As federal contracts attorneys, we often get questions about what happens in the event of an acquisition of a small business. Reporting requirements, whether before or after an acquisition, tend to vary from one type of small business socioeconomic program to another. And there are other considerations such as whether the small business in question is the one being acquired or the one acquiring another small business and the timing with regard to proposal submission, contract performance, task orders, and other variables. Taking those together, and it can be, well, confusing, to say the least. In the case of Forward Slope, Inc., SBA’s Office of Hearings and Appeals (OHA) took a look at some of these variables to determine how an acquisition can affect the size of a concern awarded a multiple award contract.Continue reading
SBA’s size protest rules contain a stick to force companies to respond to SBA as part of size determination. That stick is called the adverse inference rule. The adverse inference rule says that, if SBA requests specific information and a protested company refuses to provide it, SBA may assume that the missing information would show that the company is not a small business. In a recent decision, SBA’s Office of Hearings and Appeals (OHA) upheld the use of the adverse inference.Continue reading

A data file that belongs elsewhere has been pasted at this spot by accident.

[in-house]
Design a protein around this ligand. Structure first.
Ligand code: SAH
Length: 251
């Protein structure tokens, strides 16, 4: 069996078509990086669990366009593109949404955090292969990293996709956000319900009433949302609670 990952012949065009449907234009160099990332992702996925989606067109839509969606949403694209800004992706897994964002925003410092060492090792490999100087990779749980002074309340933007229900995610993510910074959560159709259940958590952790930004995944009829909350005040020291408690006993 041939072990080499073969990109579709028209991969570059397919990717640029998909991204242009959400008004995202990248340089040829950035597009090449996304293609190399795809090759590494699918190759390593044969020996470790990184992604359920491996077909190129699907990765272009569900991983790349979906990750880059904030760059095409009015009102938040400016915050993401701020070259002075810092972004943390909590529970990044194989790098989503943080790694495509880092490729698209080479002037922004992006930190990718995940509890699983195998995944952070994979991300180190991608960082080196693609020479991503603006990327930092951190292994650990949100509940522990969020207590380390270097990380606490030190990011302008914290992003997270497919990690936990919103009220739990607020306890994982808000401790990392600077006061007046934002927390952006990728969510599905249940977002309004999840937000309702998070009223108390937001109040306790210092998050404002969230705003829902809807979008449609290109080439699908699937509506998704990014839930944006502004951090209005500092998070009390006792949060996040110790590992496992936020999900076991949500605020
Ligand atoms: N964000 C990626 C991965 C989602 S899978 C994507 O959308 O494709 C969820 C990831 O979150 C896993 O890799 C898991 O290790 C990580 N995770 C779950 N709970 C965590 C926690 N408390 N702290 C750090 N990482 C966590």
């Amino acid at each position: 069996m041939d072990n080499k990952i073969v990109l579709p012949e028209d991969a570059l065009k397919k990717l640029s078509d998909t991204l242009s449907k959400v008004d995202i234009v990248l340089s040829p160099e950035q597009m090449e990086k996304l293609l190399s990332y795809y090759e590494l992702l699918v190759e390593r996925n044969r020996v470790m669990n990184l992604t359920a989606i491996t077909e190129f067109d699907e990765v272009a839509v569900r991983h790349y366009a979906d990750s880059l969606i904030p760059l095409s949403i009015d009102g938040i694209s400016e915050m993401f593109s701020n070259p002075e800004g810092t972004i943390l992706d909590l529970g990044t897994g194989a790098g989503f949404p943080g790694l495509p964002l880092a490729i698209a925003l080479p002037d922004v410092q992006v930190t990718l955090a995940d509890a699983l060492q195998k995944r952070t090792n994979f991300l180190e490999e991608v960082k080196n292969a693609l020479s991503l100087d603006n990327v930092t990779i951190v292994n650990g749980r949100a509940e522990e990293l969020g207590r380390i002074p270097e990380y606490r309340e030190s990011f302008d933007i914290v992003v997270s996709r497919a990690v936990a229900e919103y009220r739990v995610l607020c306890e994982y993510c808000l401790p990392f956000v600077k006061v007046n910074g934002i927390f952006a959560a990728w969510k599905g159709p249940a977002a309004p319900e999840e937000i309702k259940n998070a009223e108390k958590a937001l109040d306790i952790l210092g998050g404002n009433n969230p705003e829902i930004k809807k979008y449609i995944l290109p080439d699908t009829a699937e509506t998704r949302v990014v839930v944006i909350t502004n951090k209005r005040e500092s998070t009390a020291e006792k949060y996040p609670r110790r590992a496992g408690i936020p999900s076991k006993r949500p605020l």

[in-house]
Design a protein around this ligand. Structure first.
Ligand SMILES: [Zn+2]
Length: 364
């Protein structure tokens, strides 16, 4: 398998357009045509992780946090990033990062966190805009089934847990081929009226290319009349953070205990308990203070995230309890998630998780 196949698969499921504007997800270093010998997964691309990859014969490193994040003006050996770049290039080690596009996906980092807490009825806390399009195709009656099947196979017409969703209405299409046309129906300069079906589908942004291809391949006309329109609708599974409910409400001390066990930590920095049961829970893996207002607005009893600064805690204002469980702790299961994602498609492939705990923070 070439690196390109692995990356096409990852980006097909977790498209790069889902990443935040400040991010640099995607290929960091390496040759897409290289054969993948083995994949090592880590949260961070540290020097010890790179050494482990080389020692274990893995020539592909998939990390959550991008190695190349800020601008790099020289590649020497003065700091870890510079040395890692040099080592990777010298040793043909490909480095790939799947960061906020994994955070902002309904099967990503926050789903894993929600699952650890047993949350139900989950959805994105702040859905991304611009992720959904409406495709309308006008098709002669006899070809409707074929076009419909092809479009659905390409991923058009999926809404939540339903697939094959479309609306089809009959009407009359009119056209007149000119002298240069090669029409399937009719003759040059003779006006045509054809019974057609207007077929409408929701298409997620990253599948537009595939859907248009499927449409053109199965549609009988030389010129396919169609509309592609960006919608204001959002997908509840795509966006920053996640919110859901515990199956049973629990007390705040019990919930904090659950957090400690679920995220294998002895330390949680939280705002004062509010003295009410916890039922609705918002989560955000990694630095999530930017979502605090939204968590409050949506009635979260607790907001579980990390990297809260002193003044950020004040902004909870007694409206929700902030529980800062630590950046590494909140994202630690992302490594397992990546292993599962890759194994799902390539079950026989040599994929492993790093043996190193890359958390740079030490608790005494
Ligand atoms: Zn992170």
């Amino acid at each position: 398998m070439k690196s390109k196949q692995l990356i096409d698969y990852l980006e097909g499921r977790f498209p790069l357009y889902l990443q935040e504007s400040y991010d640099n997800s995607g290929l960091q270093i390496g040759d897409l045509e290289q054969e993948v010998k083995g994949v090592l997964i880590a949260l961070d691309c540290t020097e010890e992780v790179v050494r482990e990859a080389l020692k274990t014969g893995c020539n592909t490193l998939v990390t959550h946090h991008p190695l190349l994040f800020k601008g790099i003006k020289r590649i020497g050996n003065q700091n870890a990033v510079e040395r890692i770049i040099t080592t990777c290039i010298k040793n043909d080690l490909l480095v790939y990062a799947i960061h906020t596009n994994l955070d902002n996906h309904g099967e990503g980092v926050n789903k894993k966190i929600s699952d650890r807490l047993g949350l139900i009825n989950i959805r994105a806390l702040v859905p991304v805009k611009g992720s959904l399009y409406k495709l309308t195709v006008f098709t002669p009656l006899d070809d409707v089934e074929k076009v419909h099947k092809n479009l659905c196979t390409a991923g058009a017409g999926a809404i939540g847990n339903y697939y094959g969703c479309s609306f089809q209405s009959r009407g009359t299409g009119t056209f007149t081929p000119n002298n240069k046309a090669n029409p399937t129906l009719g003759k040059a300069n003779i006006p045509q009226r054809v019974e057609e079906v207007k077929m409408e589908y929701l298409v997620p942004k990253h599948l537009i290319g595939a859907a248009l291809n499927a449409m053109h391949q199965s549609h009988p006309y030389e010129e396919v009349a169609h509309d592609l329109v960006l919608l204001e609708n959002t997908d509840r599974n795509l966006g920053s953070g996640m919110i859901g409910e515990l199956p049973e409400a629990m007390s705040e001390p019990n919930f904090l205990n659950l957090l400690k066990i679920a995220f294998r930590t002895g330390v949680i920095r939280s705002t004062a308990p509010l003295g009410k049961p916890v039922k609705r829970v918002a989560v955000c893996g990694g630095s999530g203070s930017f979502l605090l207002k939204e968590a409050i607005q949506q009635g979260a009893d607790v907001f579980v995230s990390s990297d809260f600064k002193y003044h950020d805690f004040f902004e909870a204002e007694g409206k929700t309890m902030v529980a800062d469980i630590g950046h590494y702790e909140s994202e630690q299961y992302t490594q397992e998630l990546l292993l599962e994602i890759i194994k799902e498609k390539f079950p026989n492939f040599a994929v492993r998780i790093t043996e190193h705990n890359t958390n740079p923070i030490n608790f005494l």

In a recent size determination appeal, OHA confirmed that an offeror found technically unacceptable does not have standing to protest an awardee’s size under SBA’s regulations. As such, OHA denied the appeal and affirmed the Area Office’s size determination dismissing the size protest on such grounds.Continue reading
As I’m sure most other attorneys can commiserate with, I often have a recurring nightmare that I miss a filing deadline. Doing so can lead to terrible results: dismissed cases and, in some cases, sanctions against the attorney. For this reason, we always check, double-check, and triple-check our filing deadlines, and strive to file documents early, when possible.
Given my fear, I gain no pleasure in reading about missed filing deadlines, especially when the goof is the subject of a matter outside the attorney’s control.
But as a recent decision by the SBA’s Office of Hearings and Appeals demonstrates, even the most sympathetic of excuses won’t excuse a late appeal filing.Continue reading
When you hear “15 days,” what’s the first thing that comes to mind? Perhaps, you pay your employees every 15 days. Maybe your birthday or favorite holiday happens to be in 15 days. Or if you’re like me, you might think that 15 days is two days fewer than Thirteen Days, a great movie about the Cuban Missile Crisis.
Whatever your brain conjures up, don’t forget this: 15 days is the time limit to appeal an SBA size determination. Period. And nothing the contracting officer says can change it.